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Inflammatory breast cancer (IBC) is the most aggressive and deadly form of breast cancer. The peculiar clinical presentation and relative low incidence compared with non-IBC breast cancer contributes to delays in diagnoses and, consequently, to the dismal prognosis of these patients. Moreover, the etiology and pathogenesis of IBC remain largely unknown and there are currently no approved treatments for this disease. With these premises, we felt there were compelling reasons to convene a meeting solely dedicated to IBC. In December 2008, the first International Inflammatory Breast Cancer Conference, organized by an international committee of expert physicians and scientists and hosted by The University of Texas M. D. Anderson Cancer Center, was held in Houston, Texas. An international group of nearly 300 healthcare professionals, researchers, and patient advocates from 17 countries gathered to participate in the day and a half conference. Fifty posters were presented representing the leading edge of epidemiological studies and clinical and basic science research.

This supplement of the Cancer Journal gathers the scientific contributions presented by the participants at the meetings that were organized with the scope of 1) providing an in-depth overview of the disease for educational purposes and 2) highlighting new research findings. The manuscripts are presented in the sequence discussed at the meeting. The first session was devoted to summarizing the current understanding of IBC epidemiology. The disease has previously been reported to comprise up to 20% of new cases in Tunisia and North Africa, and Dr. Boussen's manuscript reviews the data and hypothesis supporting such claims. Furthermore, we review the incidence in the Mediterranean regions and discuss the supporting data for viral etiopathogenetic hypotheses. Moreover, we open the debate related to the contribution of an ambiguous IBC definition to the proper classification in large databases such as the Tumor Registries.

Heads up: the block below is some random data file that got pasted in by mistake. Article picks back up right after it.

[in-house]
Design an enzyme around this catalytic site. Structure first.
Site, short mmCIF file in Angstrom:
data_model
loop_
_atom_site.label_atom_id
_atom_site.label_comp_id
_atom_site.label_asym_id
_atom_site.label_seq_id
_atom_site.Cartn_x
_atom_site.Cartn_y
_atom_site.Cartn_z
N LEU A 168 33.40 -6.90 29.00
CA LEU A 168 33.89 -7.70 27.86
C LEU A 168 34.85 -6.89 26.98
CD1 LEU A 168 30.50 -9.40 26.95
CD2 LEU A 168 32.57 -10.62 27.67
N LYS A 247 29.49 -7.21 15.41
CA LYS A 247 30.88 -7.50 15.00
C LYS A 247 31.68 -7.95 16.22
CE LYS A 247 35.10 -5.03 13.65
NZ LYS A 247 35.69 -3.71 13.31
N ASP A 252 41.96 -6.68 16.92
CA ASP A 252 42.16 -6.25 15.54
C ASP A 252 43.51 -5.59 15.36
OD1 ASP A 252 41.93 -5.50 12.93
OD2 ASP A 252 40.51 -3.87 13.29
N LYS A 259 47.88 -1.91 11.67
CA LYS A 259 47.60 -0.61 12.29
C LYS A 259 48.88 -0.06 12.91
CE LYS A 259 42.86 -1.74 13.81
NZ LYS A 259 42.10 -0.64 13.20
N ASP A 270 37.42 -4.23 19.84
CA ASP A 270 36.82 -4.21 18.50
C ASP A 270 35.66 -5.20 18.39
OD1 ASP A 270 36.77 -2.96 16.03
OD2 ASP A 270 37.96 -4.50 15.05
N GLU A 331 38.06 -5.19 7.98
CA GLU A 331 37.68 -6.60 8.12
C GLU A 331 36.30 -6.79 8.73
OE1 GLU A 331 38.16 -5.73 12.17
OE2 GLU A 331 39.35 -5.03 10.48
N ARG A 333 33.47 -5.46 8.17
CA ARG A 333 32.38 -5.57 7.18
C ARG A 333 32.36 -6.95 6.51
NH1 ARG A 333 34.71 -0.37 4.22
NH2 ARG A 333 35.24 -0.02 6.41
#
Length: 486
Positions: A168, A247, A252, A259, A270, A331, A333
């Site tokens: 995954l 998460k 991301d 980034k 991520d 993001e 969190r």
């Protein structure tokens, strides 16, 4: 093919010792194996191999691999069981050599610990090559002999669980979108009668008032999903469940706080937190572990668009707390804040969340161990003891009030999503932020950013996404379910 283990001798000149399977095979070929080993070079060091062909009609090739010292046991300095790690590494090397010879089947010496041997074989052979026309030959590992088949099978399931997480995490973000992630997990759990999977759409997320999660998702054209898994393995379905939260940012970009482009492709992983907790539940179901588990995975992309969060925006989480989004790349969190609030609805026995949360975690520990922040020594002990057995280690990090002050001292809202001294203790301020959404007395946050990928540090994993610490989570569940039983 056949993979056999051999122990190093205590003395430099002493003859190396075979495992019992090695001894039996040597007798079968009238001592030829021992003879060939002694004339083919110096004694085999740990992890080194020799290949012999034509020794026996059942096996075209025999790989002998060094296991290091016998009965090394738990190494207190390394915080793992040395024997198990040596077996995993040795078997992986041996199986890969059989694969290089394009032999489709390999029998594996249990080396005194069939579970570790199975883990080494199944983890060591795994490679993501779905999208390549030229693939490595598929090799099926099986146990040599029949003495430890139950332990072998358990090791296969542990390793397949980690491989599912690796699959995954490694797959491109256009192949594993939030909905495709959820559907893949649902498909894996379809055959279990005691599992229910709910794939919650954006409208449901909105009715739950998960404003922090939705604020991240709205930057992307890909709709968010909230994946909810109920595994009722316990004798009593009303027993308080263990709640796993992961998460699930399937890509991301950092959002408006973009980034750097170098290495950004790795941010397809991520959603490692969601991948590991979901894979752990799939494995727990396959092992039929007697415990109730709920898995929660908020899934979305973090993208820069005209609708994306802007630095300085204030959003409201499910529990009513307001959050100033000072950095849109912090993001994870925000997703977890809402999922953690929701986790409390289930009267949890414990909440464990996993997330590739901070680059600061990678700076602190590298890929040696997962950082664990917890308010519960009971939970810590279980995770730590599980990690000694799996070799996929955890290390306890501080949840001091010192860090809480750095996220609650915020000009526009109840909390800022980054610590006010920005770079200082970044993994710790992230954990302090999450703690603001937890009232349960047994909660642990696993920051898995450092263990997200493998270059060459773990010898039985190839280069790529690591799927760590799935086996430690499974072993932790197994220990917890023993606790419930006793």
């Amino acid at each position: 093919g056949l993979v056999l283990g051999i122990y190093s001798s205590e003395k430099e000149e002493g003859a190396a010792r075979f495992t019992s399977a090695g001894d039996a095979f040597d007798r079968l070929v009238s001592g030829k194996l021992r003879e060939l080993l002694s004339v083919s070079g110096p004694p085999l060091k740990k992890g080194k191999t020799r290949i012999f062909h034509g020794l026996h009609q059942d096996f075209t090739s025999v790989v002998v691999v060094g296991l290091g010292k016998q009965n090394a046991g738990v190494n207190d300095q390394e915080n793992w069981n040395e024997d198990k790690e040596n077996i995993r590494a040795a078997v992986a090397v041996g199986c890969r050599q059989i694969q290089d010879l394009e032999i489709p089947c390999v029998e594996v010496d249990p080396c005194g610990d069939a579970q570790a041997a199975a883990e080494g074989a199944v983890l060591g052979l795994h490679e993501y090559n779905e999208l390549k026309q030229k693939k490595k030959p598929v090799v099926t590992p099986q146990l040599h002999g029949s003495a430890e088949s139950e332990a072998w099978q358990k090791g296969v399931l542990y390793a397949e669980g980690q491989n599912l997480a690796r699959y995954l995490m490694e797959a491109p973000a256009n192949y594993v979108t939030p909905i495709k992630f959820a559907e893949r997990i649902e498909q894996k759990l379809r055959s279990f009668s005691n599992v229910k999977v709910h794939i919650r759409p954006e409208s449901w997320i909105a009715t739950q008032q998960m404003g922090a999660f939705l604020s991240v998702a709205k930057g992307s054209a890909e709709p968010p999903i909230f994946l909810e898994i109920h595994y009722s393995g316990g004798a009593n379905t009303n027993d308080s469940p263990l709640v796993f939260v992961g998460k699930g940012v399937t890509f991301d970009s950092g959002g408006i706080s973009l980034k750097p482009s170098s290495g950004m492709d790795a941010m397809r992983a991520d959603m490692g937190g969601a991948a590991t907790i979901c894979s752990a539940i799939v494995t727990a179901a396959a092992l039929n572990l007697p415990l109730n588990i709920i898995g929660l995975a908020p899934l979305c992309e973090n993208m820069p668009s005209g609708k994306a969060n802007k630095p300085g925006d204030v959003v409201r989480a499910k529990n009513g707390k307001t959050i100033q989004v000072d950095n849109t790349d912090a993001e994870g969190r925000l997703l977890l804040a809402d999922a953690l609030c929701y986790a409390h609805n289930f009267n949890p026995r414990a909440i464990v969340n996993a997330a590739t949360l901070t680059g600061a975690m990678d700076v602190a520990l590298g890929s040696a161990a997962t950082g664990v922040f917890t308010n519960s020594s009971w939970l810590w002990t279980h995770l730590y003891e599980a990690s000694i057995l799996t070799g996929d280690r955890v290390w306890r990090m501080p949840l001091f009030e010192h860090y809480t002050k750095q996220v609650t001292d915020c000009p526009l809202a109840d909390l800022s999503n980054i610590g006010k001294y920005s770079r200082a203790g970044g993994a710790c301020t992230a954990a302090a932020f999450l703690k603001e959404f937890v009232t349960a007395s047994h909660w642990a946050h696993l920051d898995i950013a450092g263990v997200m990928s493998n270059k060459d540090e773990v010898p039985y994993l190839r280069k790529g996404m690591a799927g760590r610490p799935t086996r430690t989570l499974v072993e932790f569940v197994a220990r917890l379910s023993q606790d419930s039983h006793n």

The subsequent section deals with the important aspects of clinical and pathological diagnosis and procedures used to support the most appropriate steps for tissue collections and pathological review. This subject introduces the current understanding of the peculiar biological features of IBC supported by data from gene profiling and biomarker analyses, some of which highlight the potential for IBC as a disease in which cancer stem cells represent a predominant population. The therapeutic approaches associated with this feature support the development of more effective targeted therapies. The data from most recent research findings are presented as additional evidence of possible alternative therapeutic opportunities. Finally, we discuss the role of appropriate locoregional therapy (surgery and radiotherapy) in the multidisciplinary management of the disease.

In summary, we hope these proceedings can provide a valuable educational source for every clinical investigator that deals with women with breast cancer. In addition, several research topics have the potential to attract interest of bench investigators to improve the current understanding of the disease. We have not included in these proceedings the testimonials of IBC survivors and advocates that made the IBC conference unique and meaningful. They remain a constant reminder of the urgency of the work and the need for dedicated resources that will allow us to finally understand and cure this deadly disease.

CONFLICT OF INTEREST DISCLOSURES

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This supplement is supported by NIH-NCI 1R13 00451843 and the State of Texas Rare and Aggressive Breast Cancer Research Program. Dr. Cristofanilli received honoraria and research support from GlaxoSmithKline.